Back in Japan's imperial days, futons could only be afforded by the royal family because of the scarcity of cotton. Now that cotton is manufactured globally, many people in Japan can afford and own futons. Japanese futons can usually be purchased in particular Japanese sleep stores, so make sure to be on the lookout for a specialty sleep store in Japan when you are in the vicinity, or you may also check online to order your very own Japanese futon. The price range for Japanese futons is around 20,000 to 60,000 yen which varies depending on the size. Of course, for quality, it can even be much more expensive, but it’s said to last you for decades if you treat it right. 

How to properly set a futon

Since futons are very flexible, it can be set anywhere in the household with a flat surface. Traditionally, the older types of Japanese futons are folded, but some futons are designed to be rolled rather than folded in today's time. First, fold or roll out the mat, set the sheets on top if they’re not already attached, then set the pillow and pull the duvet over you. Done!

How to properly store a futon after use

For futons to last longer, they should be properly taken care of. Some houses come with oshi-ire, a special closet for futon. But apartments don’t always have them, but not to worry! One way to take care of the futon is to simply fold the futon whenever it is not in use. Otherwise, if the futons are just out on the floor, it can invite small bugs and critters and mold. A good rule of thumb to care for your futon is to flip it every week or so that the mattress part would not sag and that it doesn’t mold underneath.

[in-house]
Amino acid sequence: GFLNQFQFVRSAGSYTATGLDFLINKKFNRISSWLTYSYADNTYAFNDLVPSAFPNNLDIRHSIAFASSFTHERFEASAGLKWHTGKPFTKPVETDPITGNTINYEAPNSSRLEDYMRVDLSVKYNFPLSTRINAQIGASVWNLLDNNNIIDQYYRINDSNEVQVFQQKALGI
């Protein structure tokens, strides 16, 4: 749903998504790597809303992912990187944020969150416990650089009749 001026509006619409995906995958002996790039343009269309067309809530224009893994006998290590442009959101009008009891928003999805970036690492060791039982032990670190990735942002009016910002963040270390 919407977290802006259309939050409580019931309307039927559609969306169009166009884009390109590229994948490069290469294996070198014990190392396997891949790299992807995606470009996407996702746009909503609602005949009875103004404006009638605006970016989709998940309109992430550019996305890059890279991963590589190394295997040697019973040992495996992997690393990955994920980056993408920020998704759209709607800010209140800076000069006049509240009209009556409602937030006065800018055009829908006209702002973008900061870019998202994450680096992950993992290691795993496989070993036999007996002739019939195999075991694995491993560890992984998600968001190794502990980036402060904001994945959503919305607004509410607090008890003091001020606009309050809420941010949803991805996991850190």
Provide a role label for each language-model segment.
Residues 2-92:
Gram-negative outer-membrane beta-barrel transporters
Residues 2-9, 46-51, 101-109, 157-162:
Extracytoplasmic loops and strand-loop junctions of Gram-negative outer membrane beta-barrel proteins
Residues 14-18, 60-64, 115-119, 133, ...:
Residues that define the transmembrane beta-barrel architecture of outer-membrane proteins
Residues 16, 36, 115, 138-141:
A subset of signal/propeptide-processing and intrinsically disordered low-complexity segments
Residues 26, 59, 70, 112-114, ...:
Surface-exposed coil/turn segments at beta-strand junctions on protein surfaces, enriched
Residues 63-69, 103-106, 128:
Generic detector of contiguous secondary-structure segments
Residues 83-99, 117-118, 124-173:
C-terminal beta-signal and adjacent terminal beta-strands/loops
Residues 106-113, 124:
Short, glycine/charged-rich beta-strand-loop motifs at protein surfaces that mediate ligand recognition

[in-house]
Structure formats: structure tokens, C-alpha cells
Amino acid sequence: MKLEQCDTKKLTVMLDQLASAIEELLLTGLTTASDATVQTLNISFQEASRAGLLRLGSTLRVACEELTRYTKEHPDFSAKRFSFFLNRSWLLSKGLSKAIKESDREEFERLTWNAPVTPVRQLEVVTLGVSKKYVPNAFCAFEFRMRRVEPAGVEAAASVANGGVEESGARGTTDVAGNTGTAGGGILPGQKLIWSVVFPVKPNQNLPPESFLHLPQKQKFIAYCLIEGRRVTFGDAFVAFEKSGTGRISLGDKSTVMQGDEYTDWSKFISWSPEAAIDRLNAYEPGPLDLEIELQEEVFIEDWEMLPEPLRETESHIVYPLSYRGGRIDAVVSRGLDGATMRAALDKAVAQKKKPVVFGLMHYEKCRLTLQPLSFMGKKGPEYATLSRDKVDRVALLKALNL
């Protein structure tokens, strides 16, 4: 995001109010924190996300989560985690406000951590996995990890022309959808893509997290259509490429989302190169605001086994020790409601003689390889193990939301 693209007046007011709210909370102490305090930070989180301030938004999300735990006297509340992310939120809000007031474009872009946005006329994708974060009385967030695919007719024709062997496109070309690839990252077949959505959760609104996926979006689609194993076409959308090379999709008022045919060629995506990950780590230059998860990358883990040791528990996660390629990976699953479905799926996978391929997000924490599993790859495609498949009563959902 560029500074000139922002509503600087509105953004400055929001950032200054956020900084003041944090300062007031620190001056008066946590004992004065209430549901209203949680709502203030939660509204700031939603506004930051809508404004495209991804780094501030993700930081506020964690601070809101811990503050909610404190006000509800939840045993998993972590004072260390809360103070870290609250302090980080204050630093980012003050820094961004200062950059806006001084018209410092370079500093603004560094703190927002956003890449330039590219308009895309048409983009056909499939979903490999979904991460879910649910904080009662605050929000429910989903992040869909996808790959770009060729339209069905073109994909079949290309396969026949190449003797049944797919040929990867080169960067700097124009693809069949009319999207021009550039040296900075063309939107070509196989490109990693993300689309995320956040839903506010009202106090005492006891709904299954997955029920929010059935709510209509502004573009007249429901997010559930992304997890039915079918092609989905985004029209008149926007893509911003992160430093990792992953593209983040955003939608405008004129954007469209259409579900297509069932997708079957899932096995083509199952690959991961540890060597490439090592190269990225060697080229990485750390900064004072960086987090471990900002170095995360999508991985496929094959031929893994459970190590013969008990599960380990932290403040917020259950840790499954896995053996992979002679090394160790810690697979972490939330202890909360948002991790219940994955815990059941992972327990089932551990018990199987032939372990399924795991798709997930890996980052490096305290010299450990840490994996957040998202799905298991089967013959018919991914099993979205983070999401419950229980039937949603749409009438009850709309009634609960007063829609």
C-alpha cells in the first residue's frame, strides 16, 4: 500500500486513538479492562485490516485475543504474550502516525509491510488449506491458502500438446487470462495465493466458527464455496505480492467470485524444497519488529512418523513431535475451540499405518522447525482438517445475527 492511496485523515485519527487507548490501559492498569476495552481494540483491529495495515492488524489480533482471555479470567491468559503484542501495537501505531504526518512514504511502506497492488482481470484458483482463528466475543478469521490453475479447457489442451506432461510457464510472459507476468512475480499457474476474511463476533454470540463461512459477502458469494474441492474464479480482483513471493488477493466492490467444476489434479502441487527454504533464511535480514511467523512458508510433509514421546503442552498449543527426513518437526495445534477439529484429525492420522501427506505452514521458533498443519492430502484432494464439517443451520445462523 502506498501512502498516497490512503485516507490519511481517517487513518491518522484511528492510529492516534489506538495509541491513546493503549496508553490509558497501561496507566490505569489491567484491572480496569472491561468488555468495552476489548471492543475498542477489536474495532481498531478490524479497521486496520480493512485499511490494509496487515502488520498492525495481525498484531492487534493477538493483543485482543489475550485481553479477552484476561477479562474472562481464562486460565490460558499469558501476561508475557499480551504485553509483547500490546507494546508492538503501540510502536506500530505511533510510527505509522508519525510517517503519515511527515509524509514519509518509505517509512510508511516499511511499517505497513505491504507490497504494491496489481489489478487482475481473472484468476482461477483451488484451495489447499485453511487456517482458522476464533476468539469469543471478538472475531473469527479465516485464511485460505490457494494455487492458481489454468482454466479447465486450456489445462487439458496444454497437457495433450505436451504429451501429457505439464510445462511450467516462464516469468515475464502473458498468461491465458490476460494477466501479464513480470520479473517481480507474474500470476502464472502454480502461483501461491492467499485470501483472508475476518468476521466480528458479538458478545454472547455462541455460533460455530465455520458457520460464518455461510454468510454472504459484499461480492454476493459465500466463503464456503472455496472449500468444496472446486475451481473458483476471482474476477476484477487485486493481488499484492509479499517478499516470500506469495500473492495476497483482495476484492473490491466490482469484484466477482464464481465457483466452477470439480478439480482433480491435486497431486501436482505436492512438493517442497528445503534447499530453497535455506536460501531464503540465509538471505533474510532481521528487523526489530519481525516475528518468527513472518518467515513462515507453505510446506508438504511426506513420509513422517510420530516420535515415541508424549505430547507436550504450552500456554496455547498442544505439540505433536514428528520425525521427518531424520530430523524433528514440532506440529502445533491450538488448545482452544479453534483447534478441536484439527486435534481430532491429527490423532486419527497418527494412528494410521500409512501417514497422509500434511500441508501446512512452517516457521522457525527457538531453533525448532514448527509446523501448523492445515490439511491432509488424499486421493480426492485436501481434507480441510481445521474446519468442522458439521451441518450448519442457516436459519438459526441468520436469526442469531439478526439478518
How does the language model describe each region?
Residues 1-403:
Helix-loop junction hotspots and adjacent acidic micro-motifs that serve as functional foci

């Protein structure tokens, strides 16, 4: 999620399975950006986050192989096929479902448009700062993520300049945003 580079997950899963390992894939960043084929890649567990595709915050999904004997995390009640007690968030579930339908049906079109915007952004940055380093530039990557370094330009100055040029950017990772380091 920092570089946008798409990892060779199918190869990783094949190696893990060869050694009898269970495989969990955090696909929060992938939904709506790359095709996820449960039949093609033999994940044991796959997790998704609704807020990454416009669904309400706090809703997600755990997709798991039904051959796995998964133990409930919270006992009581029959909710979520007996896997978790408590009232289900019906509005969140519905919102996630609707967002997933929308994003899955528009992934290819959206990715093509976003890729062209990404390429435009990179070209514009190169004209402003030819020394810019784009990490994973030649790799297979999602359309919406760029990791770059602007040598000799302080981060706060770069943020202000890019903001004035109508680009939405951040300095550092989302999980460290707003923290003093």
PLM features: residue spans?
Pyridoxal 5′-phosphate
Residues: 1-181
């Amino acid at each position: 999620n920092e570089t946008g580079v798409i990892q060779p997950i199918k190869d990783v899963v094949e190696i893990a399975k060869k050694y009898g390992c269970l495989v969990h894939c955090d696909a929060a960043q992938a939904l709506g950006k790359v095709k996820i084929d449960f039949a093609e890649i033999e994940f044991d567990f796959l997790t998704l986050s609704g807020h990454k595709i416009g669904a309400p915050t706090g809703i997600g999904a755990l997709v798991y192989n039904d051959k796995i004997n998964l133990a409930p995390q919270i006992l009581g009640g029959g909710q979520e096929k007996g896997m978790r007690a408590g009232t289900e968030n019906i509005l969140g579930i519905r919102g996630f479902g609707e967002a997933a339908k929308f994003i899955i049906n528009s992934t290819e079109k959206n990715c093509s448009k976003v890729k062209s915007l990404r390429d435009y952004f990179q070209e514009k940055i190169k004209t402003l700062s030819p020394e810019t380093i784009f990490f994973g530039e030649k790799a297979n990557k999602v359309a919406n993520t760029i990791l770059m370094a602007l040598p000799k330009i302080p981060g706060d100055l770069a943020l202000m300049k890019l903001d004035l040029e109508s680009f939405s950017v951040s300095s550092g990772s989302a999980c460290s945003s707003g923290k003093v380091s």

Make sure you also air out your futons regularly to freshen it up a bit. To ensure that there is good air circulation in your futons, make sure to put it out in the open to soak in enough sunshine. Although a futon dryer has been invented, the usual way of keeping it away from mites and mold is hanging it in windows and letting it bathe in the sun's heat. 

To keep your futons extra clean, you can use a tatami mat if you don’t already have them installed as your flooring. Lastly, make sure that you wash and launder your covers  but check on the instruction manual because some futons have special instructions that can only be hand-washed.